The rapidly growing electric and hybrid technology for vehicles will generally lead to quieter vehicles being driven by electricity. The industry has for many years learned to deal with internal combustion engine sound and balance this as for example an appealing sound when accelerating that also masks more unwanted noise like wind-, tyre-, fan- and ABS-noise.
With the introduction of electric motors, new unfamiliar sound that is often tonal and whining, and in some cases, such as from power electronics, are very high-pitched and annoying and not connected to the driving situation. In winter climates, new situations occurs such as an increased proportion of noise from the combustion-powered car heater and range extenders, increased share of studded tires, audio, frequent transitions between electric and internal combustion engine, lack of masking of weaker sounds as ESP, squeaks and rattles, etc.
Today's electric vehicles are often modified standard cars with well-insulated engine compartment and the relatively high weight. For future electric cars the requirements for low weight cars will increase, making the importance of NVH in electric cars to increase over time. Car companies therefore need new experiences and test procedures to systematize and track the various NVH sources.
The project is a collaboration between Volvo Cars, Technical Acoustics LTU, EISLAB LTU and other winter testing companies.
Project leader: Anders Ågren, Assistant supervisors: Arne Nykänen, Roger Johnsson.
PhD candidate: David Lennström, Volvo Cars.
The technology used in hybrid/electric vehicle concepts is significantly different from conventional vehicle technology with consequences for noise, vibration and harshness (NVH). Each hybrid/electric configuration brings unique NVH demands that result from a number of sources. In general, sound and vibration levels in the car's interior are significantly lower for EV's. However, tonal components due to electromagnetic forces in the electric motor are in varying degree present and provide audible feedback of operation during driving.
Which are the customer preferences for electric motor sound and what measures and methods are needed to fullfill targets?
In order to answer the aim the following underlying research questions need to be addressed:
Which is a correct way of specifying target vibration for attatchment points of an electric motor to the receiving structure? Can frequency response based substructuring be an approach for translating test rig vibration levels to complete vehicle sound pressure levels?
Electric propulsion is in line with the product strategy of Volvo Cars. Customers will have great expectations on an electrified premium car; it should be quiet and refined but also have the right sound character. Therefore it is important to secure NVH competence in this area. Knowledge in psychoacoustics and sound of electric motors will be increased and engineering methods will be further developed. The outcome of this work will provide guidelines for complete vehicle, system and component target setting for electrified Volvo cars.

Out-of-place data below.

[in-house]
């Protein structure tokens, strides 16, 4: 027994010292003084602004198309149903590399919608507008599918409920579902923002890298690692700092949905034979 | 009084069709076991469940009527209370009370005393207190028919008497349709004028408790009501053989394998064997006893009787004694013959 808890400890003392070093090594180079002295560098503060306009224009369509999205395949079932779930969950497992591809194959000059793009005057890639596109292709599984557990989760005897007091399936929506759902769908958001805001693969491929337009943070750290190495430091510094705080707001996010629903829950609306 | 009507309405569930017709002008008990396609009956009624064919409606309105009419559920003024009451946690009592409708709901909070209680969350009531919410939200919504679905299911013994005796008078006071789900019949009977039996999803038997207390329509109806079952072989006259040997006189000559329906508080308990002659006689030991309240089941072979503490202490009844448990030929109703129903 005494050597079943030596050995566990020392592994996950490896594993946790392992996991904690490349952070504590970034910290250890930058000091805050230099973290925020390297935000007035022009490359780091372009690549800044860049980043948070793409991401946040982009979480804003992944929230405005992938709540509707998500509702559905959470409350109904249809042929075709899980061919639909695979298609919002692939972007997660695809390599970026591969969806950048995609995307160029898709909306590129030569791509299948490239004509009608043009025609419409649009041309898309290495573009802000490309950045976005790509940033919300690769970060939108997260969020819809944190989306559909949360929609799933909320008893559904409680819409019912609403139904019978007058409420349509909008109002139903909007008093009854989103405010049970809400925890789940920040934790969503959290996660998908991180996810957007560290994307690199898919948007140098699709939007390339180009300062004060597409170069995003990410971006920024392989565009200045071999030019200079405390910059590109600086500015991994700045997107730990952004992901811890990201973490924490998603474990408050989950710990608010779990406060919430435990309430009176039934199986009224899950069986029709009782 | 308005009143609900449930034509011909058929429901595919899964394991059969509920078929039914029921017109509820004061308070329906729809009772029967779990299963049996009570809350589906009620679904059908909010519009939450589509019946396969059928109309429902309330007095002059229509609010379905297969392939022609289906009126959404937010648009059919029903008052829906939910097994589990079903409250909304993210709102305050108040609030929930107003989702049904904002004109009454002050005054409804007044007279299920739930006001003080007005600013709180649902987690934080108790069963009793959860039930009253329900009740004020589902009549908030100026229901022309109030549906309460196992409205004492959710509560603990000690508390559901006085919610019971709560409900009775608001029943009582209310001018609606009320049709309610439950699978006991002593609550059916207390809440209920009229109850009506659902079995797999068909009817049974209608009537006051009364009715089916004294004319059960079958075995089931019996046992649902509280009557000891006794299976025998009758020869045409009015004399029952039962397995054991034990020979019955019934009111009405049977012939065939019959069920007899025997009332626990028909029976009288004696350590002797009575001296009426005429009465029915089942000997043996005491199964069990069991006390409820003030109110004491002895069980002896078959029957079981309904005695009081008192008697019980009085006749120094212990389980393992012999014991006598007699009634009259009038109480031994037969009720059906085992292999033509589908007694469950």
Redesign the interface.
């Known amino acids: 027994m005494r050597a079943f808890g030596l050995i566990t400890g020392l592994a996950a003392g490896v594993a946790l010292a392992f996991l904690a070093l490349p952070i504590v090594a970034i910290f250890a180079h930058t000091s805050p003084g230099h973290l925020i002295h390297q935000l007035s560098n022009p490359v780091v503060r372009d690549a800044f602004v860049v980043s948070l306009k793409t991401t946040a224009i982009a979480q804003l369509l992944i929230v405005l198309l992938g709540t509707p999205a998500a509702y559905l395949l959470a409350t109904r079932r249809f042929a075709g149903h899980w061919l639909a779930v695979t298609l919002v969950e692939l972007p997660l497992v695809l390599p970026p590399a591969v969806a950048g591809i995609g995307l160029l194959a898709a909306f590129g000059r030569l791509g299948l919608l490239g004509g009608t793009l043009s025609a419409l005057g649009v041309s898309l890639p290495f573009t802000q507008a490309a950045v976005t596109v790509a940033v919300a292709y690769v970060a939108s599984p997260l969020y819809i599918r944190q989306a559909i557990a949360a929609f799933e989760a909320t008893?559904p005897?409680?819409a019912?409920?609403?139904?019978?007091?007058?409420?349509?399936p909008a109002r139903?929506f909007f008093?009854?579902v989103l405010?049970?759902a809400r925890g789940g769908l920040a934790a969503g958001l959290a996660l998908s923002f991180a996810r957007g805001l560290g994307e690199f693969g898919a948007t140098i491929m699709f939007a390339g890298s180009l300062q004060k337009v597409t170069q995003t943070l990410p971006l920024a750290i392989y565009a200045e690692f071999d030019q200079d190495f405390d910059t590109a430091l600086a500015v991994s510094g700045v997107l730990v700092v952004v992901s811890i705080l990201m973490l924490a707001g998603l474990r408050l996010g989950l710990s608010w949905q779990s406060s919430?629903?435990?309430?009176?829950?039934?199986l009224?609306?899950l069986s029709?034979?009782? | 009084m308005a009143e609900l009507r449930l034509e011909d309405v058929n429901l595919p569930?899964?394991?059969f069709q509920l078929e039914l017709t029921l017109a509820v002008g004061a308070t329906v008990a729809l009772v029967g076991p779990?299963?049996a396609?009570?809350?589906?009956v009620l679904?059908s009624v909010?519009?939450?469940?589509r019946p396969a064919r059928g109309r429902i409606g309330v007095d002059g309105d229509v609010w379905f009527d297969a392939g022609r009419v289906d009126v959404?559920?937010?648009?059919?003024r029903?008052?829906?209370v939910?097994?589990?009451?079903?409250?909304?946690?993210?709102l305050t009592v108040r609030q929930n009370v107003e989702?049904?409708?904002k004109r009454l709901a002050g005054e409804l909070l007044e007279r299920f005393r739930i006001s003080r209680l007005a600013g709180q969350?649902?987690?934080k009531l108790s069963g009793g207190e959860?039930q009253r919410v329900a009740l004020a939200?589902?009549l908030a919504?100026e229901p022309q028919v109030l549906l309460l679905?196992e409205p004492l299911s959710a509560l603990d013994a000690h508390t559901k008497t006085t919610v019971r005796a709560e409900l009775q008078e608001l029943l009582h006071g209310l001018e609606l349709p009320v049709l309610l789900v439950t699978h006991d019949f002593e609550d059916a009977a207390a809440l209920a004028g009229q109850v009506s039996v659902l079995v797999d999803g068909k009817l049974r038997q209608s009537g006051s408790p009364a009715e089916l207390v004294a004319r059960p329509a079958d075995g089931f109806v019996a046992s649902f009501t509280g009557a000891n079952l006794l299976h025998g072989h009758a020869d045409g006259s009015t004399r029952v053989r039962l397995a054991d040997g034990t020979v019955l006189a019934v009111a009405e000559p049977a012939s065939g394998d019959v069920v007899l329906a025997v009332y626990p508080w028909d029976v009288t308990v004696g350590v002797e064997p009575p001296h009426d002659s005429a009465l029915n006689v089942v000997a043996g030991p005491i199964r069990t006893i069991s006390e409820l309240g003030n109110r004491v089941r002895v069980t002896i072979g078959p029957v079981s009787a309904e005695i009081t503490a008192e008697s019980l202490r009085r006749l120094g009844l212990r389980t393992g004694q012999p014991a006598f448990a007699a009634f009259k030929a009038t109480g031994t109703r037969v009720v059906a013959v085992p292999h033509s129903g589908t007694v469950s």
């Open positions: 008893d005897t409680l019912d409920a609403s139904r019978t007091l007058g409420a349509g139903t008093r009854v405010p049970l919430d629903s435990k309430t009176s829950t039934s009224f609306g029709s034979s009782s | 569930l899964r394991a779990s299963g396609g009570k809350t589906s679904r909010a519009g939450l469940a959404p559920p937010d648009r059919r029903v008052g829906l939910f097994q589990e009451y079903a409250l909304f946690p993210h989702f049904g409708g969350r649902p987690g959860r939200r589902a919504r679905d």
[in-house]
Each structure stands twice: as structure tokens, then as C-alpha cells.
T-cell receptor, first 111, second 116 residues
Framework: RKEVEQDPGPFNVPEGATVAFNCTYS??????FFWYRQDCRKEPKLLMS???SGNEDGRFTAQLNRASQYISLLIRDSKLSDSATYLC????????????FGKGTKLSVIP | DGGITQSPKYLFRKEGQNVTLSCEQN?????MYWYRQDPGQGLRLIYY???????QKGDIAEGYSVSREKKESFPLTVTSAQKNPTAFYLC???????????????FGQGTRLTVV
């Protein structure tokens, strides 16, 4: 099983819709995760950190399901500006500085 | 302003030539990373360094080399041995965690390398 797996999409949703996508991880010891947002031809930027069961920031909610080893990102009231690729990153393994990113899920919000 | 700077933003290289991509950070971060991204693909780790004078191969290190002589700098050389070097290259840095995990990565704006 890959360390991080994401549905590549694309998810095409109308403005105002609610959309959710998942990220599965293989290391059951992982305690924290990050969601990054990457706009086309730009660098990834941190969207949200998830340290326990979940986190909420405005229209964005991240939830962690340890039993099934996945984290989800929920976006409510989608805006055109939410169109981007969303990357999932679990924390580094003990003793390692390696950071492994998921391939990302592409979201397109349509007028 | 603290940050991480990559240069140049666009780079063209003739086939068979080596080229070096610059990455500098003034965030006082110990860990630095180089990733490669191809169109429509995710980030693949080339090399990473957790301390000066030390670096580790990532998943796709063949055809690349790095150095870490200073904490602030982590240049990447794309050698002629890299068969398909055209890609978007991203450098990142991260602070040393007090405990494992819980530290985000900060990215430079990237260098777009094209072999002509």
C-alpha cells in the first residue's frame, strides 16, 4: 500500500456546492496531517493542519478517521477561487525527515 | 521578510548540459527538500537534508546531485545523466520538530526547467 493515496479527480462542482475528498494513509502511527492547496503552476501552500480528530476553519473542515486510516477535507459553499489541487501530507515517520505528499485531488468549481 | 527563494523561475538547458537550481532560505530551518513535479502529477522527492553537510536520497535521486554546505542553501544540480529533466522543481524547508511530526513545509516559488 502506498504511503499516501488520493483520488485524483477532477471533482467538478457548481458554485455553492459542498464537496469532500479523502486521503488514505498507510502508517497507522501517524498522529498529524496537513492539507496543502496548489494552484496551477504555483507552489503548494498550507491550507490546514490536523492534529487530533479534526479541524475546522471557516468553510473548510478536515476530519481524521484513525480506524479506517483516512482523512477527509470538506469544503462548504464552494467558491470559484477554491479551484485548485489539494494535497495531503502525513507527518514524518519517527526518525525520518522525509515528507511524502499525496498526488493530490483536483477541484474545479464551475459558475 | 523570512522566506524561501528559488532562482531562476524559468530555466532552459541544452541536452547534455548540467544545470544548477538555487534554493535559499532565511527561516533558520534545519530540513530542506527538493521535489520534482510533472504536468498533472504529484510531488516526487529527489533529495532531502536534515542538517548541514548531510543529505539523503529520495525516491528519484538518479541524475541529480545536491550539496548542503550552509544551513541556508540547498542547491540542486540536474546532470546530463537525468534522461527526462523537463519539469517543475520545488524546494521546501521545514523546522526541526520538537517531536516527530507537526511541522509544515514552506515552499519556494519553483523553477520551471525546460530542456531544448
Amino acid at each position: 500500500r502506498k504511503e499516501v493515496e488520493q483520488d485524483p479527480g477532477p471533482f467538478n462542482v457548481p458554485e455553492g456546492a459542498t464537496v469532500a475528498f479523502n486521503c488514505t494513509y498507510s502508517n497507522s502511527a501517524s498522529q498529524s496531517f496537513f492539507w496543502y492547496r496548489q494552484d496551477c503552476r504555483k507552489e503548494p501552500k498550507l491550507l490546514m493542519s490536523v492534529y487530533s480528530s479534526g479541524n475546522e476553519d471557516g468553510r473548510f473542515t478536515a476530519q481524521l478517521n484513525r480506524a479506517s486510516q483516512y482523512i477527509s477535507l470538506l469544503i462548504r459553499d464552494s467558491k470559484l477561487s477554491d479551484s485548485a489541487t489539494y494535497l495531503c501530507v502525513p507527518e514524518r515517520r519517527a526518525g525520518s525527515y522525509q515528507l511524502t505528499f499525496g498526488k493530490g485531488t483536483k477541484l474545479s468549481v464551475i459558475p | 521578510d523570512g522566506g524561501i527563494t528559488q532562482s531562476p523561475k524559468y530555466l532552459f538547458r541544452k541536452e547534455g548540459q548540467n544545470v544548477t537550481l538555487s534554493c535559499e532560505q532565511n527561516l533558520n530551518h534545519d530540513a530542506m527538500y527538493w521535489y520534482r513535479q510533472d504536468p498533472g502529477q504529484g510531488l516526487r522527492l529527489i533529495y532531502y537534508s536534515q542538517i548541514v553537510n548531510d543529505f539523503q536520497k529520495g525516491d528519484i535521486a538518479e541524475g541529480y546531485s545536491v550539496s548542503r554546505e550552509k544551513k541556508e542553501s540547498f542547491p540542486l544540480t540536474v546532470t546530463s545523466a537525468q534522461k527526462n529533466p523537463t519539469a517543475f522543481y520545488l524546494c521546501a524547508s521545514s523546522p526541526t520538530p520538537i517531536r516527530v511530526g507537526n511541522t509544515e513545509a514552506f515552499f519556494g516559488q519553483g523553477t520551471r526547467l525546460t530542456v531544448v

As an initial study, investigations were carried out to determine how the test environment influences the evaluation of the sound perception in an EV. Headphone evaluation with playback of binaural head recordings in both listening lab and a vehicle demonstrator "sound car" were compared to the real perception in a production-like electric car. Although there was no difference in mean rating for the same sound stimuli between the three conditions, the variance in within-subject differences between the in-car and the two laboratory conditions is less for the subjects who assessed the in-car condition first compared to those who started evaluating in the laboratory.
The follow-up study was conducted as a master's thesis work with the purpose of providing metrics and targets to the perception of electric vehicle motor noise. The objective was to investigate the perception of tones with varying levels in a constant masker consisting of road and wind noise. The relationship between the subjects' ratings and an objective measure called prominence ratio were studied. The tones in the study below 1 kHz were harder to detect than the tones above 1 kHz. frequencies above 1 kHz were rated as more annoying than tones below at a significance level of 95%.
Ongoing studies covers spatial mapping of airborne transfer functions (ATF) of an ERAD. Investigations on how the ATF from different positions over the ERAD surface to a fixed response position varies in strength.
A licenciate thesis will be presended during the autumn of 2013.
Sound Quality Evaluation of Electric Cars – Preferences and Influence of the Test Environment, Aachen Acoustic Colloquium 2011.
The influence of the acoustic transfer functions on the estimated interior noise from an electric rear axle drive. (SAE Paper, submitted 2013)
Determination of radiated sound power from an electric rear axle drive in situ and its contribution to interior noise (SAE Paper, submitted 2013)
Tones in Noise - A study of the perception of motor noise in an electric vehicle. Masters thesis at Volvo Cars 2013